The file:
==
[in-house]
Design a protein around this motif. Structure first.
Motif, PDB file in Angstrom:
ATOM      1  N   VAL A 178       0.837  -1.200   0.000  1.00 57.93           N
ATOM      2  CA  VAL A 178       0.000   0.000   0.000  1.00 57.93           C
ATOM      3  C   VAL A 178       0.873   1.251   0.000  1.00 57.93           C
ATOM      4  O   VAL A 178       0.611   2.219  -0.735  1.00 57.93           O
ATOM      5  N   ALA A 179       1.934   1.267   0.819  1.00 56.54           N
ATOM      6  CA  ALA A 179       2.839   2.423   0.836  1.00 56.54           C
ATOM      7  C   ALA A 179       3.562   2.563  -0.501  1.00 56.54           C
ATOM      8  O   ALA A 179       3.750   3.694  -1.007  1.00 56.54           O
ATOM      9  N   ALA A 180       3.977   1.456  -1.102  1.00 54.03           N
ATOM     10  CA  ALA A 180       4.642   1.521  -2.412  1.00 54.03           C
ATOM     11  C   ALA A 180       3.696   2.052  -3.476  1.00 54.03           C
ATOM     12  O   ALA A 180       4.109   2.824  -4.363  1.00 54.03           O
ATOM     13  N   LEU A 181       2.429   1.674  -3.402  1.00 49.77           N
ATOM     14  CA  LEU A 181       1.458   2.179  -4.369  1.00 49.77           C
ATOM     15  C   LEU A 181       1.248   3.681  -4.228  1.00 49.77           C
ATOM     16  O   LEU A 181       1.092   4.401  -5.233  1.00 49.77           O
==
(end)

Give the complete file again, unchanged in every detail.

[in-house]
Design a protein around this motif. Structure first.
Motif, PDB file in Angstrom:
ATOM      1  N   VAL A 178       0.837  -1.200   0.000  1.00 57.93           N
ATOM      2  CA  VAL A 178       0.000   0.000   0.000  1.00 57.93           C
ATOM      3  C   VAL A 178       0.873   1.251   0.000  1.00 57.93           C
ATOM      4  O   VAL A 178       0.611   2.219  -0.735  1.00 57.93           O
ATOM      5  N   ALA A 179       1.934   1.267   0.819  1.00 56.54           N
ATOM      6  CA  ALA A 179       2.839   2.423   0.836  1.00 56.54           C
ATOM      7  C   ALA A 179       3.562   2.563  -0.501  1.00 56.54           C
ATOM      8  O   ALA A 179       3.750   3.694  -1.007  1.00 56.54           O
ATOM      9  N   ALA A 180       3.977   1.456  -1.102  1.00 54.03           N
ATOM     10  CA  ALA A 180       4.642   1.521  -2.412  1.00 54.03           C
ATOM     11  C   ALA A 180       3.696   2.052  -3.476  1.00 54.03           C
ATOM     12  O   ALA A 180       4.109   2.824  -4.363  1.00 54.03           O
ATOM     13  N   LEU A 181       2.429   1.674  -3.402  1.00 49.77           N
ATOM     14  CA  LEU A 181       1.458   2.179  -4.369  1.00 49.77           C
ATOM     15  C   LEU A 181       1.248   3.681  -4.228  1.00 49.77           C
ATOM     16  O   LEU A 181       1.092   4.401  -5.233  1.00 49.77           O